Christ taught His disciples then, and He teaches us today, “…whoever does the will of my heavenly Father is my brother, and sister, and mother.” And in our spiritual life, in the way in which we practice our faith, we are each asked to become the extension of Christ in our world today.

Saint James, in his Epistle, writes, “What good is it, my brothers, if someone says he has faith but does not have works? Can that faith save him?” And, in another place, he writes, “For just as a body without a spirit is dead, so also faith without works is dead.”

In our life of faith which we practice on this side of Heaven, may we always look upon each other, no matter what one’s state in life may be, as our mother, our brother or our sister. And may we show them the love which we would want others to show towards us, remembering always that each of us are children of the One Eternal Father.

In the faithful practice of Christian love, prayerfully, we will one day hear our Lord say to each of us, “Come, you who are blessed by my Father. Inherit the kingdom prepared for you from the foundation of the world. For I was hungry and you gave me food, I was thirsty and you gave me drink, a stranger and you welcomed me, naked and you clothed me, ill and you cared for me, in prison and you visited me…

“…whatever you did for one of these least brothers of mine, you did for me.”

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Please Comment, Like and Share, and Suggest to your Facebook friends – to spread the message of God’s Merciful Love.

Por favor Comente, Le Gusta y Comparta, y Sugiera a tus amigos en Facebook – en difundir el mensaje del Misericordioso Amor de Dios.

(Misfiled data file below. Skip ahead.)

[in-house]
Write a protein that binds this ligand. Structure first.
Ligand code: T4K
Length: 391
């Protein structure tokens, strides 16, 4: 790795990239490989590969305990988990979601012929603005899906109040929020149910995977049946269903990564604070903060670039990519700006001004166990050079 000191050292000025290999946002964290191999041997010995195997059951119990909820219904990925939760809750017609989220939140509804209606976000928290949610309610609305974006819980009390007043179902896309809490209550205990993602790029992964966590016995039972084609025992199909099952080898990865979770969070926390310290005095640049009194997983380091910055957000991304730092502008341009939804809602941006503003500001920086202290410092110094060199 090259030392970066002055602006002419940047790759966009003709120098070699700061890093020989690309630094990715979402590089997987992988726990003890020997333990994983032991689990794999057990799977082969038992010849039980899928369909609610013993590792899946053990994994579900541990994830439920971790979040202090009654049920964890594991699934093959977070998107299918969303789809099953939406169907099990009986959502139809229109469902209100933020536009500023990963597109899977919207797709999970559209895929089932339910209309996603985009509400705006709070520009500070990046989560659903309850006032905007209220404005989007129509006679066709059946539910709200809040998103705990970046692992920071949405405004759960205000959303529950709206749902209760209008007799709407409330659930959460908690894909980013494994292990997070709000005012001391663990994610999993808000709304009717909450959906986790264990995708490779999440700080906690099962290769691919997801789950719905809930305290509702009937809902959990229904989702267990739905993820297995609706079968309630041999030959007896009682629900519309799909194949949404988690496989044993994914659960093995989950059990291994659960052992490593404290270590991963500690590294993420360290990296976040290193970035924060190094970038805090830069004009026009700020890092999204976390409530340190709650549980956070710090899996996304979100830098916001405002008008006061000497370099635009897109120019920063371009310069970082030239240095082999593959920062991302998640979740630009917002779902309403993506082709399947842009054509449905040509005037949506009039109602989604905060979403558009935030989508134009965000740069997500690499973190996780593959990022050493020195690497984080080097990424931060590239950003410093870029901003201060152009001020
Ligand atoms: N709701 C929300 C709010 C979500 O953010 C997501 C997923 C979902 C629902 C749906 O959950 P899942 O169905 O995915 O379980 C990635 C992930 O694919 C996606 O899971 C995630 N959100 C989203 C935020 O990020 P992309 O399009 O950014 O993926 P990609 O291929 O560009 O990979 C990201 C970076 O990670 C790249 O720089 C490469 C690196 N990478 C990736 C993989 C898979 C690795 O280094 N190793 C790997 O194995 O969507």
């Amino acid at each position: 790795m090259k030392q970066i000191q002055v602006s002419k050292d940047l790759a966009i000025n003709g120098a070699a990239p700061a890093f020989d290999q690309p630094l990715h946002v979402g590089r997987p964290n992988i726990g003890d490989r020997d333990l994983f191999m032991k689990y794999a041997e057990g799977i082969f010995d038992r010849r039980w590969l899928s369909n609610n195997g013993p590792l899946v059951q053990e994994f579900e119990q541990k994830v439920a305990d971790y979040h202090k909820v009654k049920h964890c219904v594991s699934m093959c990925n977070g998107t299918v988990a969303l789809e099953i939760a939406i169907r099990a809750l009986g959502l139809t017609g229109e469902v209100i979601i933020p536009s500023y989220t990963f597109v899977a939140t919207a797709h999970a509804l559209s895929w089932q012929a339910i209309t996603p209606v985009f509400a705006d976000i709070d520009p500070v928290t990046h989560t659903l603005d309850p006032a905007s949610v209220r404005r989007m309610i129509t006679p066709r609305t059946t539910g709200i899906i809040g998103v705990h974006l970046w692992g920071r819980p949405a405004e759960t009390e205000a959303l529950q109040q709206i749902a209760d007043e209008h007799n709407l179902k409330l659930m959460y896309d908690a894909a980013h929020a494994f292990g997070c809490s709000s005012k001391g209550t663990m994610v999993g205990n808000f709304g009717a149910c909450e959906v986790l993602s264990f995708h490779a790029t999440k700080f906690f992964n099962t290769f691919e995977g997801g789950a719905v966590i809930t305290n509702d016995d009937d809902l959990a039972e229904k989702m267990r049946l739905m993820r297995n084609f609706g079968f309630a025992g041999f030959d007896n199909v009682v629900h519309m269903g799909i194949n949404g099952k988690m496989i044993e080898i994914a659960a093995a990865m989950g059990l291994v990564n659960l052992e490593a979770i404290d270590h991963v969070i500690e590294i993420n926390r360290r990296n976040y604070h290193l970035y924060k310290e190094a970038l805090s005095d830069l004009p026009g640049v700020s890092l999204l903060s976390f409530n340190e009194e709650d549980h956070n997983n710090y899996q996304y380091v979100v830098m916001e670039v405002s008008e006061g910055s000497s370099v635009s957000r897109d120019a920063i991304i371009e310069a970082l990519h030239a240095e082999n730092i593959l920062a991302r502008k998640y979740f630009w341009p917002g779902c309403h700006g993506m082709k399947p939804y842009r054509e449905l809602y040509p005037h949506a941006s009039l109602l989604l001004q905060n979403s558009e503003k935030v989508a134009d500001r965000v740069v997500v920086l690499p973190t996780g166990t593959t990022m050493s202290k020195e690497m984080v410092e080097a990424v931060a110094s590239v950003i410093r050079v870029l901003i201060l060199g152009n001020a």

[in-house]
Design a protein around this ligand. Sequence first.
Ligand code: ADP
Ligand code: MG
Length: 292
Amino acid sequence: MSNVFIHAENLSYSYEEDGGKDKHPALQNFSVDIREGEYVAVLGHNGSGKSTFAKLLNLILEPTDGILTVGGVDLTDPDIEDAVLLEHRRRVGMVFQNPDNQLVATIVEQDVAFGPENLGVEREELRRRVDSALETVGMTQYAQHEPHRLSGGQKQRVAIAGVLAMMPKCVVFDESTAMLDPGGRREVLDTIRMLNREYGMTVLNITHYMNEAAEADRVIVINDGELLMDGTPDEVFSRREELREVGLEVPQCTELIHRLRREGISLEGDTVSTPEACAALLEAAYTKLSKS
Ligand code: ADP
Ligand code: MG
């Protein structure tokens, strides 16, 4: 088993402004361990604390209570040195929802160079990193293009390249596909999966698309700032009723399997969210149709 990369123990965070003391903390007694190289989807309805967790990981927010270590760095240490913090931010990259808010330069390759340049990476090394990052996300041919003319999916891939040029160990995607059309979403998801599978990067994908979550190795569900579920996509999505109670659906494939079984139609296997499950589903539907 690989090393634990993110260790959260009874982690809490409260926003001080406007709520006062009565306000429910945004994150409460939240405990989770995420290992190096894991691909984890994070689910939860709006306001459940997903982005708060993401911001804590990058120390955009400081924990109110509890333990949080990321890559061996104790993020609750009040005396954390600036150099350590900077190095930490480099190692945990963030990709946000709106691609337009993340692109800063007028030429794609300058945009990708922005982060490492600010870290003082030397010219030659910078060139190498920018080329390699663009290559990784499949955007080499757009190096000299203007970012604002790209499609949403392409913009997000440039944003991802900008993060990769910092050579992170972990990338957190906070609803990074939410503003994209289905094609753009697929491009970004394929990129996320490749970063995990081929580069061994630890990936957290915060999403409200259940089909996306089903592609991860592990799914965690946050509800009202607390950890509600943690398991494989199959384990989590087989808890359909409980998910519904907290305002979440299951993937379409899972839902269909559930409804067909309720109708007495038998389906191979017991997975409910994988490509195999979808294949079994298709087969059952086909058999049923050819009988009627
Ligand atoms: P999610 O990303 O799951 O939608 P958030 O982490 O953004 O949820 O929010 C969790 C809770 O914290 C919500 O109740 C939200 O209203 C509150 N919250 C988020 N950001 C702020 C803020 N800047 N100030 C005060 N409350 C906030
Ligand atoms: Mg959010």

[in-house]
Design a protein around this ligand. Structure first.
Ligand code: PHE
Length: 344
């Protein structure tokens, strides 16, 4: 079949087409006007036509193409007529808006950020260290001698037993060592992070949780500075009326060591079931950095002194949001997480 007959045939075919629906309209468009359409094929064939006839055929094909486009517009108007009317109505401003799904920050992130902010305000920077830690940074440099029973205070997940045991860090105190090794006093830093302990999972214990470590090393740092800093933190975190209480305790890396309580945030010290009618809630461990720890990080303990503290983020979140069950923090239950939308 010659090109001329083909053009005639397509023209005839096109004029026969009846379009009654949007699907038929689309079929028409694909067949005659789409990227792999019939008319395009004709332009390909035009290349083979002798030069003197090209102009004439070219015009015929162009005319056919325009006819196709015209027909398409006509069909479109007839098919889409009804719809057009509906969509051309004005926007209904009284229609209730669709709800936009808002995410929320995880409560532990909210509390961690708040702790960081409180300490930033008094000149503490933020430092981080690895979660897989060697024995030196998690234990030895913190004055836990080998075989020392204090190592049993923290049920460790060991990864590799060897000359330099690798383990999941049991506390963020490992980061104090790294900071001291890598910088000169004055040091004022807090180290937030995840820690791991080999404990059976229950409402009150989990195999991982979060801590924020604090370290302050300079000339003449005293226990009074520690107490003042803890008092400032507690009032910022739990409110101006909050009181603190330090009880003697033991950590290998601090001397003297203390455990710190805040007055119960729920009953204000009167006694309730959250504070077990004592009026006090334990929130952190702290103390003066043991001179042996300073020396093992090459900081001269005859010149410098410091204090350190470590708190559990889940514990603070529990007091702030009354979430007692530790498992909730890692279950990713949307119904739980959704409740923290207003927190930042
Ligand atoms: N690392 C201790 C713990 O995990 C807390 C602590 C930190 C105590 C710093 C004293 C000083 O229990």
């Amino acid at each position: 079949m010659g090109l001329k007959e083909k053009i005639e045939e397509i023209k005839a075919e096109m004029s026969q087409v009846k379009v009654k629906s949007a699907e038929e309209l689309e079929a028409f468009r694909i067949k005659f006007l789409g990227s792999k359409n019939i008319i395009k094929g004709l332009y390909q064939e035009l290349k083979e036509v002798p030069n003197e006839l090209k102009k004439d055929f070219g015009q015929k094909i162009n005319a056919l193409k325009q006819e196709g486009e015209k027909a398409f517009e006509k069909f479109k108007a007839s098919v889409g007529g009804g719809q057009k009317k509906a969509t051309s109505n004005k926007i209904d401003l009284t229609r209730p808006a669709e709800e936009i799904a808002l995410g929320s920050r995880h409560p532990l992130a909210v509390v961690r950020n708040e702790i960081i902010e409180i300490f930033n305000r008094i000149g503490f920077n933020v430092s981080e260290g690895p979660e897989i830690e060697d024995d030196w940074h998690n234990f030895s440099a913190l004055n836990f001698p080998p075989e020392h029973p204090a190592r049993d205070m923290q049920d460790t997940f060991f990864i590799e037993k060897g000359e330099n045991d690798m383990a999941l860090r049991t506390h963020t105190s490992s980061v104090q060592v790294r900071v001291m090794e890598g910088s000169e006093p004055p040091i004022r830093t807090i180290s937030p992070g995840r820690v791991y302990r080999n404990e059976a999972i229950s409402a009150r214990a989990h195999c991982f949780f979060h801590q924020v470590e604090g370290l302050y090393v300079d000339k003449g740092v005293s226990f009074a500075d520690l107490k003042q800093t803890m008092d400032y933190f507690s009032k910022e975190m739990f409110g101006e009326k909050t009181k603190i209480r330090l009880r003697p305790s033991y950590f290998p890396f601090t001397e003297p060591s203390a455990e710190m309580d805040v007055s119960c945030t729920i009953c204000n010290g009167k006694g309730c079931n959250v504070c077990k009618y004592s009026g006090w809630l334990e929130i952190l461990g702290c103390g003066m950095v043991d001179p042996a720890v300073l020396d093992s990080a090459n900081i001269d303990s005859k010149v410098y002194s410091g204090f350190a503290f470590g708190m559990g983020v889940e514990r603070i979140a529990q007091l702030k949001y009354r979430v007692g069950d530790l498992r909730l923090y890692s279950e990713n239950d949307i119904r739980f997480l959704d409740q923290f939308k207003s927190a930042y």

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Scripture for the Day

  • “But he said in reply to the one who told him, ‘Who is my mother? Who are my brothers?’ And stretching out his hand toward his disciples, he said, ‘Here are my mother and my brothers.’(Matthew 12:48-49)
  • “Whoever becomes humble like this child is the greatest in the Kingdom of heaven. And whoever receives one child such as this in my name receives me.” (Matthew 18:4-5)
  • “What good is it, my brothers, if someone says he has faith but does not have works? Can that faith save him?” (James 2:14)
  • “For just as a body without a spirit is dead, so also faith without works is dead.” (James 2:28)
  • “See what love the Father has bestowed on us that we may be called the children of God. Yet so we are…what we shall be has not yet been revealed. We do know that when it is revealed we shall be like him, for we shall see him as he is.” (1 John 3:1ab, 2bc)
  • “For this is the will of my Father, that everyone who sees the Son and believes in him may have eternal life, and I shall raise him on the last day.” (John 6:40)
  • “There is neither Jew nor Greek, there is neither slave nor free person, there is not male and female; for you are all one in Christ Jesus.” (Galatians 3:28)
  • “Come, you who are blessed by my Father. Inherit the kingdom prepared for you from the foundation of the world. For I was hungry and you gave me food, I was thirsty and you gave me drink, a stranger and you welcomed me, naked and you clothed me, ill and you cared for me, in prison and you visited me…whatever you did for one of these least brothers of mine, you did for me.” (Matthew 25:34b-36, 40b)
  • “For whoever does the will of my heavenly Father is my brother, and sister, and mother.” (Matthew 12:50)

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Prayer for the Day

“Jesus, Loving Companion of Your children,

You have extended Your friendship to all.

You opened Your arms without discrimination,

offering Your warmth to those seeking comfort.

“Endow me with the virtue of such a friendship,

to know, love and trust all on an equal basis;

To share my friendship without prejudice,

and to be charitable towards those who are less fortunate.

“Fashion my heart to reflect Your qualities,

those befitting a loving and caring spirit.

Jesus, You showed me the way to true friendship;

Help me to be more like You in the world around me. Amen.”